Soham has a significance for me in that I arrived back in England to start life with my soon-to-be husband a few days after Holly and Jessica had gone missing. The famous photo of the girls in their matching Manchester United tops, taken the afternoon they were murdered, was a constant presence on the television news. The weather was hot and each day you woke wondering if the girls would be found.

Huntley is serving a life sentence for the murders and his ex-girlfriend Maxine Carr, who was one of the most reviled women in Britain – an almost modern-day Myra Hindley – served an 18-month sentence and has been granted a rare, lifetime injunction to protect her new identity. Carr was not involved in the murders but lied about her whereabouts on the evening of the murders to protect Huntley.

One of the most powerful observations for me from this book was this about the media:

“Everytime you turned on the television , it seemed that there was a reporter standing in the centre of Soham, telling us once more there was nothing to say…”

Soham: A Story of Our Times by Nicci Gerrard is published by Short Books.

Gerrard also writes psychological thrillers with her husband Sean French under the name Nicci French.

 

Somebody’s Husband, Somebody’s Son: The Story of Peter Sutcliffe

Somebody’s Husband, Somebody’s Son: The Story of Peter Sutcliffe was one of the first true crime books I read and it remains one of the best I have read.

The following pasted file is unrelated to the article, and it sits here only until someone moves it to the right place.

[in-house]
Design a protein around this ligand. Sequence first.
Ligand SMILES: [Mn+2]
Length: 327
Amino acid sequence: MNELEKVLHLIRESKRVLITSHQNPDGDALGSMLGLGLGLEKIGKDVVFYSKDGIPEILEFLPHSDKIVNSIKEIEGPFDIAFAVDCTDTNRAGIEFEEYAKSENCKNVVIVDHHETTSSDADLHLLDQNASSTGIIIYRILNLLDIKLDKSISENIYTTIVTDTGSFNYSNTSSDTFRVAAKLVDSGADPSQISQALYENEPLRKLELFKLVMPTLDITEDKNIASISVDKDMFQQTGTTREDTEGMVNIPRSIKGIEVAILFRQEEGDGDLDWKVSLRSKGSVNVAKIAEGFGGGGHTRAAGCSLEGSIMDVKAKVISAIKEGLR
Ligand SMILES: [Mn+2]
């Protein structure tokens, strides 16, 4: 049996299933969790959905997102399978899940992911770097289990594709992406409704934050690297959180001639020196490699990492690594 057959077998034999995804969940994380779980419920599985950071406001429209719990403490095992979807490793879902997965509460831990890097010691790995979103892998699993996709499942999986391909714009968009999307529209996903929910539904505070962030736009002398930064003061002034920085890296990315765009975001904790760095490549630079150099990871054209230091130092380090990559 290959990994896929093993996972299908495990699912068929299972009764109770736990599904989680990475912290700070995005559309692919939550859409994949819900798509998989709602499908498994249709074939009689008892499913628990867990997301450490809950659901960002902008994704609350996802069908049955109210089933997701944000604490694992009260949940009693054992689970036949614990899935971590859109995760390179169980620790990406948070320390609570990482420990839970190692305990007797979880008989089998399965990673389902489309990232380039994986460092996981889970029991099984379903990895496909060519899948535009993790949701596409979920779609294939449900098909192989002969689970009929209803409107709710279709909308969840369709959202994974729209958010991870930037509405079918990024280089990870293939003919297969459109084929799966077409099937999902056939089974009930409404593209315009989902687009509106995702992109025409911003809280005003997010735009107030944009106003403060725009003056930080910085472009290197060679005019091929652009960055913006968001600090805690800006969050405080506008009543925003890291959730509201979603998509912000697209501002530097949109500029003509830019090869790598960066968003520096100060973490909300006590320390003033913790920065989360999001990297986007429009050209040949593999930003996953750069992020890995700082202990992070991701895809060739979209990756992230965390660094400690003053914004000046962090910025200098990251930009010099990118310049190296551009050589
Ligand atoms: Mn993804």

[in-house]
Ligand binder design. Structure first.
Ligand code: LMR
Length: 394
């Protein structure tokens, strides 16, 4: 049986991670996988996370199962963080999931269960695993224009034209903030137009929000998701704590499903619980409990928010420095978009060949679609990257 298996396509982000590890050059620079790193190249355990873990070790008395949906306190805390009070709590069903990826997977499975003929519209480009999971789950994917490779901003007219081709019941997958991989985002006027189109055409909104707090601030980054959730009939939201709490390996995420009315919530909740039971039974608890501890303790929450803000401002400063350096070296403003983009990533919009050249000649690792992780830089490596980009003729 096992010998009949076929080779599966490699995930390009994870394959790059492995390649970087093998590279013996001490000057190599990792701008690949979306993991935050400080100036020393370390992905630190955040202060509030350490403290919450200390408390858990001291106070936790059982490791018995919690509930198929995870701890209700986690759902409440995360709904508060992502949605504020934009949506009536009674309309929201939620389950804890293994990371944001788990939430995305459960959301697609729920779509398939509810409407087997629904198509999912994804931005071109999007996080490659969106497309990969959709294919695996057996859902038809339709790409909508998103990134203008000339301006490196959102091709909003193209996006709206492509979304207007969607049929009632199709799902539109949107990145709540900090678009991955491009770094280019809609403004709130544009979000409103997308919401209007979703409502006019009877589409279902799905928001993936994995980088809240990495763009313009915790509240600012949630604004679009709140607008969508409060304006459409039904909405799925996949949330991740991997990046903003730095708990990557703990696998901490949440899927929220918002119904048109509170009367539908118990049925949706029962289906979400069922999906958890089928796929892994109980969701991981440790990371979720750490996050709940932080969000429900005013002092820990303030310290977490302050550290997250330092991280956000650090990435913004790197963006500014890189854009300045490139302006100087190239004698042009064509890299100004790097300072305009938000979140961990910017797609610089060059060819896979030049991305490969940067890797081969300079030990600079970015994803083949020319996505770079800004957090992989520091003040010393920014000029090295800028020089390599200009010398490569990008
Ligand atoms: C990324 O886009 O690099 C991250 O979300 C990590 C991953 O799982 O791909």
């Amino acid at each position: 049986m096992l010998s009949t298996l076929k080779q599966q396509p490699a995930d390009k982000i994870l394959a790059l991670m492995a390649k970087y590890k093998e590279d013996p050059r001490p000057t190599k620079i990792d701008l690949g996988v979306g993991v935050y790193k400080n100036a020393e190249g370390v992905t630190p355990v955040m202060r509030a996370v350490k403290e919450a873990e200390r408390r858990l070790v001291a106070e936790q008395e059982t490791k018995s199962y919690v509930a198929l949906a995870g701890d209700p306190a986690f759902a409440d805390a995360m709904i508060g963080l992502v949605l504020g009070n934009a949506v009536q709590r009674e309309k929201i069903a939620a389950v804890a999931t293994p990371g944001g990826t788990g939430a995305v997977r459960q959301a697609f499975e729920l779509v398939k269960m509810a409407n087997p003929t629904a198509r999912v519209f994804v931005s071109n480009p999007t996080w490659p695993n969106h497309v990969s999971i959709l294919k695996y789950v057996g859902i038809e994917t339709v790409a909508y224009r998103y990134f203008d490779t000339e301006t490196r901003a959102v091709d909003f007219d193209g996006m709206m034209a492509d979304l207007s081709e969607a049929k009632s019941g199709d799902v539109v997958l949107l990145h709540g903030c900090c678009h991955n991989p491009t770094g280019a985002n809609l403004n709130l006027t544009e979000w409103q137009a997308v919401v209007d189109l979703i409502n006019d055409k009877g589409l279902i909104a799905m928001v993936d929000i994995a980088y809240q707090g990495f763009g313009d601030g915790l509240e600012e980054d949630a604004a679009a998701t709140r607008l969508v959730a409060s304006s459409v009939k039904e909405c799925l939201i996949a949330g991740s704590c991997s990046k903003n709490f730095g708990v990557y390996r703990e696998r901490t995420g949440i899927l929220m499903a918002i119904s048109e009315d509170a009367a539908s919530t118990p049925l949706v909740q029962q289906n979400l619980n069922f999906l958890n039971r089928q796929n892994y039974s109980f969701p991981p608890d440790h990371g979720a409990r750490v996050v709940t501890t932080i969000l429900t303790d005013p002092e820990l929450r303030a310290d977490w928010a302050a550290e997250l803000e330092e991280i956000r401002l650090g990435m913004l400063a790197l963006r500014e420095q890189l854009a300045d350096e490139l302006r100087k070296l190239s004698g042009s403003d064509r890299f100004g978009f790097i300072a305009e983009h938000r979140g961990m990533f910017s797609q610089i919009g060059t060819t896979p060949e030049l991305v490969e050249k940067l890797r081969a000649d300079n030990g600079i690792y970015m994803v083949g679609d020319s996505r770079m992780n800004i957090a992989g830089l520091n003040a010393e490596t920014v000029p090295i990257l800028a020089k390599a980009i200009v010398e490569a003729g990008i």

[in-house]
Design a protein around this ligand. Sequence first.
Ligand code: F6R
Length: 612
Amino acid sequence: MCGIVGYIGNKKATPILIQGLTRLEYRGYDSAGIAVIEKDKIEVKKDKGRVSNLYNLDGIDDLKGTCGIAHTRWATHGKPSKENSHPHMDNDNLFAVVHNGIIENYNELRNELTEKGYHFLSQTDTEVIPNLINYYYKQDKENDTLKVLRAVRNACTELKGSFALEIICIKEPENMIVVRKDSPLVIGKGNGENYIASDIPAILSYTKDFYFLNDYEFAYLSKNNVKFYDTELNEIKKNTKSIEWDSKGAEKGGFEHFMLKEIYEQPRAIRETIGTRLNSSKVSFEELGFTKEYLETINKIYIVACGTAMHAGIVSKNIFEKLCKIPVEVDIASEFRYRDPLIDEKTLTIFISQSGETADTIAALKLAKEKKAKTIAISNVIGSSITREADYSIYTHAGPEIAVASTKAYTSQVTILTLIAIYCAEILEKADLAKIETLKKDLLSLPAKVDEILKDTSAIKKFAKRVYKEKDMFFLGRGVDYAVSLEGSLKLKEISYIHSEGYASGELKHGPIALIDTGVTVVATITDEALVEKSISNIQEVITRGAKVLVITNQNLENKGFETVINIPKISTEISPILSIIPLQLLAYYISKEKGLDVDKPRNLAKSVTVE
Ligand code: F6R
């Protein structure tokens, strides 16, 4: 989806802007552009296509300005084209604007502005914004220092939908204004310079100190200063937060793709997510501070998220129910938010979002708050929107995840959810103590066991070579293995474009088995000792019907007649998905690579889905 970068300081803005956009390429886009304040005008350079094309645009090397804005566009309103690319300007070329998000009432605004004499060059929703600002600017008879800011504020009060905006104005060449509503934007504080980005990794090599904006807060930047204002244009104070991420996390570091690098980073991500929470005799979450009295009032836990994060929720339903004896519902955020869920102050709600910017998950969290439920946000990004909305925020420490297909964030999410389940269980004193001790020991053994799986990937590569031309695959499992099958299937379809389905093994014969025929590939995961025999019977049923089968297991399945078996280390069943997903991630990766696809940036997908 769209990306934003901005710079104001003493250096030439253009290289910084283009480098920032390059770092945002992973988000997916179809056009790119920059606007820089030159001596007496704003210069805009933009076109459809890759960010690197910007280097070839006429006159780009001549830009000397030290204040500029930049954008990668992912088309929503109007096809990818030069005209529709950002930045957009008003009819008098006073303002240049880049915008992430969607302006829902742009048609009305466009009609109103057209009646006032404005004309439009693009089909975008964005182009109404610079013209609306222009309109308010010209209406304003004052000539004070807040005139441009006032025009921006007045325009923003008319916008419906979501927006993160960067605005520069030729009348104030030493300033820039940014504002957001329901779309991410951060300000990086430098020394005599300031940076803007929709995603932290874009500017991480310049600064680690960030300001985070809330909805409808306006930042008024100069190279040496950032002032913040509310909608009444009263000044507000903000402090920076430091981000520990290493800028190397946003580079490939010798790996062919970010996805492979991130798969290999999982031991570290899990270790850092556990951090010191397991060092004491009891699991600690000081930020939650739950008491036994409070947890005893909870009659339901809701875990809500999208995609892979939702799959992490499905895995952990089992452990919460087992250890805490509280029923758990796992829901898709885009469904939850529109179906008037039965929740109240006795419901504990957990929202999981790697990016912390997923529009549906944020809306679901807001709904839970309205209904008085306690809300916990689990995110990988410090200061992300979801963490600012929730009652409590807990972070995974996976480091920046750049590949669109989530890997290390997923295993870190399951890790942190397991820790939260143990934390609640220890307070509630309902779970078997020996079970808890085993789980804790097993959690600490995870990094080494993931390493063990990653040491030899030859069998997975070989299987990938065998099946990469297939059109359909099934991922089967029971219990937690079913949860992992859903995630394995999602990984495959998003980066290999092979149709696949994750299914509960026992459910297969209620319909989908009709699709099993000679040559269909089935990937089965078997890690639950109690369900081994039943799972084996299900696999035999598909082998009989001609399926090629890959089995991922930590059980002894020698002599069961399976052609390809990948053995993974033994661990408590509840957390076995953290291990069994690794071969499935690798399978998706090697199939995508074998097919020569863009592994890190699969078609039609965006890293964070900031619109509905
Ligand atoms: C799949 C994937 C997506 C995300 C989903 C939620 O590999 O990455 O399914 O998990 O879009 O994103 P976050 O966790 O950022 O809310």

Written by the late Gordon Burn in 1984, this book is a study of the serial killer known as the The Yorkshire Ripper who killed 13 women in the late 1970s and 1980 and was sentenced to life in 1981.

Gordon Burn spent three years living in Sutcliffe’s home town of Bingley, researching his life and absorbing the environment that led to his telling of the life of the man who had the North of England in fear during the 1970s (which wasn’t the most positive decade anyway in Britain).

Burn’s writing transplants the reader right into the life of Peter Sutcliffe and quite successfully into what Burn imagines is his mind. This book is a modern true crime classic, written long before the “true crime” genre became so popular. It is oft likened to Truman Capote’s In Cold Blood.

Peter Sutcliffe is jailed at the infamous Broadmoor Psychiatric Hospital for the criminally insane.